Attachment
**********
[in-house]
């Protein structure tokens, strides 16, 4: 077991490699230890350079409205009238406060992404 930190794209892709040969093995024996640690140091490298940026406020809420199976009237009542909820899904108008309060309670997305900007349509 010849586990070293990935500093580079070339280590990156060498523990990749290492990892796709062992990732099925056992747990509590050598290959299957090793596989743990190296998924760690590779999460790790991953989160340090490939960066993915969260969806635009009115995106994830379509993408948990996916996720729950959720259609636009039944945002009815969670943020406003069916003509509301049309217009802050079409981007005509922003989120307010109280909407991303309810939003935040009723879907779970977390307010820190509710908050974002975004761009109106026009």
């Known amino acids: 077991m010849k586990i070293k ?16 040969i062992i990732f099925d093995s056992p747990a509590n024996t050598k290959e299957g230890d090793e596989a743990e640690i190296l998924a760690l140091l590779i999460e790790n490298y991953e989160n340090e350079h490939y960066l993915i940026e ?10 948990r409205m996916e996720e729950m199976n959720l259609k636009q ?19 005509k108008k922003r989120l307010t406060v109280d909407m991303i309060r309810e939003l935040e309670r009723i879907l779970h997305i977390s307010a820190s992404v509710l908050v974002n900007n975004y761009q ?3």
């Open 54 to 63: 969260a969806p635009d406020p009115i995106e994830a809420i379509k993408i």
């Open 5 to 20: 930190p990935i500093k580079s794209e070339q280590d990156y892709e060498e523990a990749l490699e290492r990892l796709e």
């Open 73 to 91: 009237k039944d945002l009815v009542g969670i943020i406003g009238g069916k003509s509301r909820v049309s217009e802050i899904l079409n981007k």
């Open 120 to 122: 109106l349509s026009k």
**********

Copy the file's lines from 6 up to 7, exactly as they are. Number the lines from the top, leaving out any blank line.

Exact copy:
């Open 73 to 91: 009237k039944d945002l009815v009542g969670i943020i406003g009238g069916k003509s509301r909820v049309s217009e802050i899904l079409n981007k």
């Open 120 to 122: 109106l349509s026009k």